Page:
Data collected for the 2011 report employs the latest modeling tools, and incorporates factors such as climate change and regional and global economic conditions into forecast calculations. The report also reflects input directly from water users in the basin.


"The report summarizes the likely changes in supply and demand over the next 20 years. Whether your interest is on changes to the Columbia River or its tributaries, inside Washington or in other states and British Columbia, Canada, this report has information that will help you make better water planning decisions," said Michael Barber, lead scientist and director of WSU's State of Washington Water Research Center.


The Columbia River basin is particularly sensitive to small changes in overall temperatures, according to the report drafters. Reduced snowfall and earlier snowmelt are predicted to influence surface water flows. The report incorporates climate change impacts on future water supplies and demands.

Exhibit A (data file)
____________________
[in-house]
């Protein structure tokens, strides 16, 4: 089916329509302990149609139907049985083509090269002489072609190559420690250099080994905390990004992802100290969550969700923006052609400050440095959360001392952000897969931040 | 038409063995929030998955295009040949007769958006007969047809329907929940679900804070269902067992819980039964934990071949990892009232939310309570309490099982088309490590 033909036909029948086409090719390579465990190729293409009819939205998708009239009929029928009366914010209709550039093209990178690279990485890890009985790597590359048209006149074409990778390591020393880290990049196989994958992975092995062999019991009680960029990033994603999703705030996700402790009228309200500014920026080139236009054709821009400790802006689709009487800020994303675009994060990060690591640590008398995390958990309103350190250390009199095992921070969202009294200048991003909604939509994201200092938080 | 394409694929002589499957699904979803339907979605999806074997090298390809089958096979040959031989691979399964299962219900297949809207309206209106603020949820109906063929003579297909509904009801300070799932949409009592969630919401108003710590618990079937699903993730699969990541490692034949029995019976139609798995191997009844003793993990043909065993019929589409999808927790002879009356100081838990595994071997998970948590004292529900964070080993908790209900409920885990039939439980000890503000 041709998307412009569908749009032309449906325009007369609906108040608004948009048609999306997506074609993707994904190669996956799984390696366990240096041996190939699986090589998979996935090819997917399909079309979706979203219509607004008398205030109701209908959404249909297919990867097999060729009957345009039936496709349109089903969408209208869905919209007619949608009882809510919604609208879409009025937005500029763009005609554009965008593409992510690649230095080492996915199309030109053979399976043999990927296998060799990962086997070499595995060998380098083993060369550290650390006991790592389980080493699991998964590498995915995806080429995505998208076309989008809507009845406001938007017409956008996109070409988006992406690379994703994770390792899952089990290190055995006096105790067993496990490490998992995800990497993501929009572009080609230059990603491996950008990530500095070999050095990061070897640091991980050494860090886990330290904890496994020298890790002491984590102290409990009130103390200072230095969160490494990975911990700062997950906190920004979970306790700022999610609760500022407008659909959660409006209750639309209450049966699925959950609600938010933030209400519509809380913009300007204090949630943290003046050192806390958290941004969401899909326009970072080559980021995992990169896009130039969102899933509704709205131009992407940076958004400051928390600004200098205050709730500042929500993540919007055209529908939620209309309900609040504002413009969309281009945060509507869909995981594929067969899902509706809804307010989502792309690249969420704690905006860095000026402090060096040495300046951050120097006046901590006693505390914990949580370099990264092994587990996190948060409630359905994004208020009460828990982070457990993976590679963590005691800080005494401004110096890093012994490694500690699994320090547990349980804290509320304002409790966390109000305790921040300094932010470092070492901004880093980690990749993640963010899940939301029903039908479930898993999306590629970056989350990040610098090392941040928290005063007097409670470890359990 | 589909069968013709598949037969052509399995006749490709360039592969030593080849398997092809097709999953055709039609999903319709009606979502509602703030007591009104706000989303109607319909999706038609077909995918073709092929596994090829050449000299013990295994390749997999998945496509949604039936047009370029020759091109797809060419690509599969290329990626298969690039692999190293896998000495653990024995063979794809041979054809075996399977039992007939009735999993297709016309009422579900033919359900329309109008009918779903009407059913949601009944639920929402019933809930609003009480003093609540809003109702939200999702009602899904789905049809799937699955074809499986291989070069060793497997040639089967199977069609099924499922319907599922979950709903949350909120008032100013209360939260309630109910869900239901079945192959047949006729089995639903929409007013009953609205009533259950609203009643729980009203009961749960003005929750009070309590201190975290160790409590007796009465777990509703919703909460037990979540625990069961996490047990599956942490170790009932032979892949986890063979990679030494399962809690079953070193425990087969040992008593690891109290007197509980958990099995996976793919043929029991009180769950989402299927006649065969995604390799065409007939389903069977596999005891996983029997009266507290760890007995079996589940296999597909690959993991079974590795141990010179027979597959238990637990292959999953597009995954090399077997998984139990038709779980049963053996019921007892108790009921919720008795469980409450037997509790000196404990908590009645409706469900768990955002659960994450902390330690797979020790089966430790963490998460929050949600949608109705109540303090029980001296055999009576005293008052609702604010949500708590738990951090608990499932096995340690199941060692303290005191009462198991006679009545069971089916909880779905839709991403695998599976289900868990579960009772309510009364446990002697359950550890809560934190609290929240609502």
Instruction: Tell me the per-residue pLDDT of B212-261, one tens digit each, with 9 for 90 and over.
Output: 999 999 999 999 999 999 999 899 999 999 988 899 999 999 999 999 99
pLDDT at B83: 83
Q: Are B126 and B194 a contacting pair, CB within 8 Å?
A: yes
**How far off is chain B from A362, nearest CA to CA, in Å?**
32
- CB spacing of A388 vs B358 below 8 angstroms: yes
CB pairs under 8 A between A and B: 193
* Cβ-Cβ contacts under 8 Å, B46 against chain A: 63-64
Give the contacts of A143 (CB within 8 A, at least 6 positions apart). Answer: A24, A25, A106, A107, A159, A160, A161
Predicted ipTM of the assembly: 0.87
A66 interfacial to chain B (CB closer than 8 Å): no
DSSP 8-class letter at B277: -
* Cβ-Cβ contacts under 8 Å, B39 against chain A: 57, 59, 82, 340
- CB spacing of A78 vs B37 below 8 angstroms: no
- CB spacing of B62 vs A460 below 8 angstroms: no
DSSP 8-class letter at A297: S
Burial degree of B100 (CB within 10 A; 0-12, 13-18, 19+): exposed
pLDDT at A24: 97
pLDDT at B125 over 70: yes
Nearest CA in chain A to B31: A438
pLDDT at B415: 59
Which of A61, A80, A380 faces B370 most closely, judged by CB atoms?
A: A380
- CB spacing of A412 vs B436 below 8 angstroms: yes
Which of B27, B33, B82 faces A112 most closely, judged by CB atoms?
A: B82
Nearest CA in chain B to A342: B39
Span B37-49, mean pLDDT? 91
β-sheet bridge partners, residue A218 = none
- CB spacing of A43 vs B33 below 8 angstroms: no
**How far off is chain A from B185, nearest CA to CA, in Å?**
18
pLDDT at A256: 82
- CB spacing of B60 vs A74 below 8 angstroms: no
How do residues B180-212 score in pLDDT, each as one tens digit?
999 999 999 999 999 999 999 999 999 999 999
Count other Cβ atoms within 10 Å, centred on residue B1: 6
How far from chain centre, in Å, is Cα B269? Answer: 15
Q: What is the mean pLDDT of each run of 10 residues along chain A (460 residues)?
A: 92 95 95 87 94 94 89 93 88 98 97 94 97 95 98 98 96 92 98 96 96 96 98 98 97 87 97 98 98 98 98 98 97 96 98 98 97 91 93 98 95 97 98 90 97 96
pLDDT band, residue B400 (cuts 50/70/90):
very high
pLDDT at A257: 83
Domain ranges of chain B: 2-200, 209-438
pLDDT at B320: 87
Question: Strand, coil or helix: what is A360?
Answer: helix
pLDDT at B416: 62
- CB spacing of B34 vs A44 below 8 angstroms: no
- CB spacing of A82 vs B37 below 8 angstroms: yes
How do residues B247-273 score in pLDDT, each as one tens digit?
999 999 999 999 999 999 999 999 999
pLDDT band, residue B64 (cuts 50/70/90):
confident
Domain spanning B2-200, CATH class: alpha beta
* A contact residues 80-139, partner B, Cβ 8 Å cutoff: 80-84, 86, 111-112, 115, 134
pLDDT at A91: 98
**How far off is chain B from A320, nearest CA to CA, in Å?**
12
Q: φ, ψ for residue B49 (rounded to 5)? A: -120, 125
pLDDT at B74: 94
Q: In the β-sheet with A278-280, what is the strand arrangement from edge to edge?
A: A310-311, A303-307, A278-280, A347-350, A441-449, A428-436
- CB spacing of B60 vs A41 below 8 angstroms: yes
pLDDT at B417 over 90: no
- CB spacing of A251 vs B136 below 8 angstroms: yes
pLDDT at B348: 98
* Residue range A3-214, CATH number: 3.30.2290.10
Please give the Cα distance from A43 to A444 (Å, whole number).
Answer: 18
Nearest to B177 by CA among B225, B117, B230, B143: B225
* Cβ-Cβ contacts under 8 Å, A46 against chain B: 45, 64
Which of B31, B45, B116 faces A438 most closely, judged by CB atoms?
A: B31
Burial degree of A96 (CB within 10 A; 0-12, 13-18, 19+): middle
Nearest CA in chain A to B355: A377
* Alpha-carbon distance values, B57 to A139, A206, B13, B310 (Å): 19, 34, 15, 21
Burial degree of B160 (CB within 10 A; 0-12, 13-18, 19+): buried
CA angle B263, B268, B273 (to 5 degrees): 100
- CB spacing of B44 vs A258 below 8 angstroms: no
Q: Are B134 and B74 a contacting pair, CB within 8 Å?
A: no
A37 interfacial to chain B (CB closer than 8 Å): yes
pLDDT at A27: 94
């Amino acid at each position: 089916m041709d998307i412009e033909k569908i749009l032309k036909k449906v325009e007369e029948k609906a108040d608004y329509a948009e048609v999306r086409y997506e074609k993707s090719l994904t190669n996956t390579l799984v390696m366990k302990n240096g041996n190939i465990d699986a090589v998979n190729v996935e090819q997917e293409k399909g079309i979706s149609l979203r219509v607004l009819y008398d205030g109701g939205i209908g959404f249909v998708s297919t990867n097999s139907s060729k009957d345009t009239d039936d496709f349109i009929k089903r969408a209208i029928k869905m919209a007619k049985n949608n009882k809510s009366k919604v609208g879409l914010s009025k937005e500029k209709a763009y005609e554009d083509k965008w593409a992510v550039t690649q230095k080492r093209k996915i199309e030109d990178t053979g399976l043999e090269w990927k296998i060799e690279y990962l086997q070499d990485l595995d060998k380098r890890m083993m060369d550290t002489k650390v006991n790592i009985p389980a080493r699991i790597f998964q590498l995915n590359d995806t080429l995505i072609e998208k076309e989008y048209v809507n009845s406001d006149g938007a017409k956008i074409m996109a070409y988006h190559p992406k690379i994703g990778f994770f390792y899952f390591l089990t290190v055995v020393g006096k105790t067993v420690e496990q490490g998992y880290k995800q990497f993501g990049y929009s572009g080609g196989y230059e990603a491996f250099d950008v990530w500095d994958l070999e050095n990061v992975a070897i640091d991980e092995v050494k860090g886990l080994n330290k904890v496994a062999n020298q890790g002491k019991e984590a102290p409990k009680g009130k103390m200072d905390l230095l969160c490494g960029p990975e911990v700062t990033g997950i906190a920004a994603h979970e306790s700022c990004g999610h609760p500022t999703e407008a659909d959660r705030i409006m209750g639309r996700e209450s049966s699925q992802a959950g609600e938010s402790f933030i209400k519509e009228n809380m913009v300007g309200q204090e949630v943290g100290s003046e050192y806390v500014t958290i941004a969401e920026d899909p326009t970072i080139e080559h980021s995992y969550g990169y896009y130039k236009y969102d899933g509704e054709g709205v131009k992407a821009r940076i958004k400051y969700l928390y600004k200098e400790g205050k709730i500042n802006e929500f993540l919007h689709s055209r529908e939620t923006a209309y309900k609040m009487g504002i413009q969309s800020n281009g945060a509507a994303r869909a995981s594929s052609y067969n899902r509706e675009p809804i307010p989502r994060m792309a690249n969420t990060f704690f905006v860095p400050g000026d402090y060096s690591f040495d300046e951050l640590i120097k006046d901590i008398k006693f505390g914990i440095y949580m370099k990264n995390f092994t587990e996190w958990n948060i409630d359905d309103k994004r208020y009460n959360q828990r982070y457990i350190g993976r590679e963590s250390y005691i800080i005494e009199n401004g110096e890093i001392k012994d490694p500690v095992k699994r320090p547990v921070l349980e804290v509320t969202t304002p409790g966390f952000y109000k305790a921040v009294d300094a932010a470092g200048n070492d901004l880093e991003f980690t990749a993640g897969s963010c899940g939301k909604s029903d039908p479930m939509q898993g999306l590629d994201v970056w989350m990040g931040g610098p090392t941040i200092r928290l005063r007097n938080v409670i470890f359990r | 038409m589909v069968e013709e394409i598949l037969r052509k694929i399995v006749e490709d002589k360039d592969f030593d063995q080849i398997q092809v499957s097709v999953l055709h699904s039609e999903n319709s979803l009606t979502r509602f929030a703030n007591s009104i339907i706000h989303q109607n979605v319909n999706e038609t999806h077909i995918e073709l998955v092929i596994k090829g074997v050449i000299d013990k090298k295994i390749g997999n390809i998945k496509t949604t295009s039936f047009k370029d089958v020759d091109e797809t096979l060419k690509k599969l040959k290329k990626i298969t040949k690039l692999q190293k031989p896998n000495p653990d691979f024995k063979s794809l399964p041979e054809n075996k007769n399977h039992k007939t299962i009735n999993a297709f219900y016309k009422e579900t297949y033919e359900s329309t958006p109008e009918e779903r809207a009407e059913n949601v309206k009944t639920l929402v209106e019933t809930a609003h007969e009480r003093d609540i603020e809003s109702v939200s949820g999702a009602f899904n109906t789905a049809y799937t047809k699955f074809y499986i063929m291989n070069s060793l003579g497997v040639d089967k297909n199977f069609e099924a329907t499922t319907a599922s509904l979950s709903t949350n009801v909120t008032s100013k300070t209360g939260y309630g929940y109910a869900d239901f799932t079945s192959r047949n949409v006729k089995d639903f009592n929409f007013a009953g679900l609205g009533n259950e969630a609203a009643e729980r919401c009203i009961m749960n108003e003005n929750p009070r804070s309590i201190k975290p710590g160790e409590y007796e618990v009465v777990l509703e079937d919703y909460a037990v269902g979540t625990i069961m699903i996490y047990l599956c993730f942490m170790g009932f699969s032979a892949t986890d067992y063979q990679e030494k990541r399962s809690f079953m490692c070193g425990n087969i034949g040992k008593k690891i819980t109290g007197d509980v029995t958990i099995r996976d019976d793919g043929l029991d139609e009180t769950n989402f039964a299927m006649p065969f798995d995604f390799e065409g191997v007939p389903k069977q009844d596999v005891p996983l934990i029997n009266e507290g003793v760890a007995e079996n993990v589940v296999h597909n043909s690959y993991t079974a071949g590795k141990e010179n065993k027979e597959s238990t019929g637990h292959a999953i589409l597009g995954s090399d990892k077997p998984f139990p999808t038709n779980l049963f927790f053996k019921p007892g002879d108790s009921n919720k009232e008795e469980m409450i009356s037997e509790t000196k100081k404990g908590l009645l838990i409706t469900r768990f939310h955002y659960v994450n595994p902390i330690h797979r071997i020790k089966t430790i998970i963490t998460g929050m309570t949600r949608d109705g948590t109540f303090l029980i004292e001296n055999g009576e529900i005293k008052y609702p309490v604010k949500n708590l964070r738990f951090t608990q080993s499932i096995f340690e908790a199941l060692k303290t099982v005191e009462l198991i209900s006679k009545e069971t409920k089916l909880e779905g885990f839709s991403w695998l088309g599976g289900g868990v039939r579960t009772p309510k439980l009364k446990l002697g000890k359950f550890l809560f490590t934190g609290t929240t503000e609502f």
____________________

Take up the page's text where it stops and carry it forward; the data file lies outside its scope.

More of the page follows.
Water supply modeling conducted for the forecast predicts warmer, wetter winters, when water demand is low, and hotter, dryer summers, when demand peaks. More winter precipitation will fall as rain rather than snow, thus lessening available snowpack, according to a forecast fact sheet. Hotter, dryer summers will increase crop water demand and potentially shorten the growing season for some crops.


By 2030, the model predicts an increase in average annual flow in the basin of 2 percent, but the timing of flows could change dramatically depending on location within the basin. For example, flows on the Columbia River at Bonneville Dam are expected to increase by up to 35 percent from November to May, but decrease by up to 9 percent from June to October.


WSU also evaluated the effect of making more water supply available through new projects funded by OCR, and the effect of recovering the cost of water supply development from new permittees. The report considered projects ranging from 100,000 acre-feet to 800,000 acre-feet at cost of $25 to $200 per acre-foot per year, the fact sheet says.